(The original title, jokingly because I couldn’t think of a good title, was “Steven Steal-berg”.)
In Woody Allen’s Midnight in Paris, Owen Wilson plays Gil, a vacationing screenwriter working on a novel about a man who owns a nostalgia shop. That a screenwriter would have this notion seems about par for the course, as Hollywood has almost completely turned itself into just that: a nostalgia shop. Comic books, toys, cartoons, amusement park rides, old movies and now even board games – it’s all fair game for a cinematic rendering in a way that didn’t exist, or at least not with any real quality, a decade ago.
Gil, of course, magically goes back in time and visits his favorite writers in 1920s Paris, falling in love. For most of today’s directors, it’s not nearly as far a journey. Many just can’t get past how rad the ’80s were, or get over how wizard the ’70s were, when Steven Spielberg made their favorite movies. But in these re-tellings, the memories they are reshaping are too often secondhand themselves, memories that directors like Spielberg, George Lucas, the Bobs (Zemeckis and Gale) or Martin Scorsese originally got from the B-movies, serials and television of their own childhoods. Like the ever-worsening quality of a cassette tape, the further down the generational line you get from the original, the more fuzzy and shapeless things get.
Released under a veil of unwarranted secrecy, J.J. Abrams’ retro monster movie, Super 8, was a case of both the excitement and frustration that comes with the childhood nostalgia picture. Executive produced by Spielberg, Abrams’ childhood idol, Super 8 looked to recreate both the era and the energy of films likeE.T., Close Encounters and The Goonies. In the first half, Abrams gives us the story of a troop of pre-teen filmmakers making an 8mm zombie movie. It featured some of the most heartwarming, refreshing sequences of the summer, watching this everyman group of kids take shape through the trauma of death, crushing on the same girl, a failing film and, oh yeah, a giant, starving alien attacking their town. But it “evoke[s] memories of classic summer blockbusters a little too eagerly for some,” according to the review aggregator Rotten Tomatoes, and users are forbidden from even speaking of Super 8’s ubiquitous lens flares on the Something Awful forums. It’s in Abrams’ rendering of a malevolent alien searching for food and parts to fix his ship, though, that he fails to become his idol. Going for easy scares, he forgets that Spielberg’s most enduring and endearing images of aliens were of benevolent envoys, not devourers. E.T., his best-known alien, was a friend to Elliott when few others would be. He was based on the imaginary friend Spielberg had as a child, and he inspired openness and caring, not fear. E.T. was a “he,” not an “it.”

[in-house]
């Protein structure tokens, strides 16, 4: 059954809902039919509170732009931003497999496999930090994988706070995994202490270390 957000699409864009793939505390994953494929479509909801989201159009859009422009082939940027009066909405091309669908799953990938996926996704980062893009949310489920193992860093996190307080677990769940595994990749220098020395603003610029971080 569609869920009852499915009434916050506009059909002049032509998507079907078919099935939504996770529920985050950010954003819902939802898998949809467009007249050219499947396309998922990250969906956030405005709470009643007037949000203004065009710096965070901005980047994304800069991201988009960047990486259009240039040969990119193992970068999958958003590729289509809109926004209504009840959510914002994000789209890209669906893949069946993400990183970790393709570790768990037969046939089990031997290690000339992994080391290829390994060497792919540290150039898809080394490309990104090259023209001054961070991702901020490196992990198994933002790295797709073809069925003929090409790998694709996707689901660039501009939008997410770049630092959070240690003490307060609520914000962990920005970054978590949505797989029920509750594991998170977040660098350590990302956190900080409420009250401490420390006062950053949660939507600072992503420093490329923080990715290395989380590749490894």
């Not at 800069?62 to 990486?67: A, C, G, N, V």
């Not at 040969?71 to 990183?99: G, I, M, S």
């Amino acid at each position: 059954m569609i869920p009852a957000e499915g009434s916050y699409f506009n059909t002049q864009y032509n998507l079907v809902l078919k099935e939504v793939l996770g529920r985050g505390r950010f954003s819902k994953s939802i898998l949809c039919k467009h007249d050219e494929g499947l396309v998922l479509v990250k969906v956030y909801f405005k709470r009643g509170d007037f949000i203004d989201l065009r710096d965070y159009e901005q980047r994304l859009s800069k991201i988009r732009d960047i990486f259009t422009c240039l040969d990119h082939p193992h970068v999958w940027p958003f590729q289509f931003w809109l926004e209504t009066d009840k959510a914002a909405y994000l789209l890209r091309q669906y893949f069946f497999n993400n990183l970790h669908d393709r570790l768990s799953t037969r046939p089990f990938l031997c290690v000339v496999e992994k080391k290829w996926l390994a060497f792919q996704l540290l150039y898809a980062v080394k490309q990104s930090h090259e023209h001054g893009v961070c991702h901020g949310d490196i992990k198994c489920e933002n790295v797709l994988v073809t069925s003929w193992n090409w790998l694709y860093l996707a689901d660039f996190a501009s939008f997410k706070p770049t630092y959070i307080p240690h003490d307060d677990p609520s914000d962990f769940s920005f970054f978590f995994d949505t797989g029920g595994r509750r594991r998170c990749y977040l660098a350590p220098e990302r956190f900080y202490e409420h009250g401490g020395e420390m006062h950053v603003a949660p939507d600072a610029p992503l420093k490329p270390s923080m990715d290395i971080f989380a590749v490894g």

Greg Mottola’s Paul at least gets the alien right in his pastiche of wide-eyed childhood action-adventure. Told through the prism of the biggest bong rip you’ve ever taken, Paul (voiced by Seth Rogen) is actually the inspiration behind all of those Spielberg alien movies, and the Man himself even has a vocal cameo. But it’s too much. It’s all nostalgic joke, no nostalgic heart. The story seems to be a vehicle with which to deliver the pop-culture jokes that Mottola, Nick Frost, Simon Pegg and Rogen have been building up over the last 20 years, while setting them in alien-friendly pop-culture locations like Comic-Con, Area 51 and Devil’s Tower. But they don’t actually do anything new with their nostalgic loves, the way Spielberg, Lucas and Lawrence Kasdan did when they spun their memories of cliffhanger shorts and comic books into Raiders of the Lost Ark. The latter’s characters and story bear out all of its inspirations, but with a new cinematic vocabulary. They built something new.
Of course, even Spielberg isn’t immune to criticism when it comes to touching nostalgic favorites. He himself faced the ire of fans in the specter of the “Tintinologists” when his Tintin was released in Europe. According to The Independent, some critics compared it to “witnessing a rape” or said that it was an “airless pastiche” of their beloved Hergé comics. Having felt burned by some of the films that trod on my childhood, I’m sympathetic. But nostalgia is a personal passion. In Midnight in Paris, we learn that pining for lost eras is a fool’s errand – everything and every period seems better than the one people are stuck in … until you get a toothache and realize that Novocain hasn’t yet been invented. This year, many filmmakers could’ve used that piece of wisdom.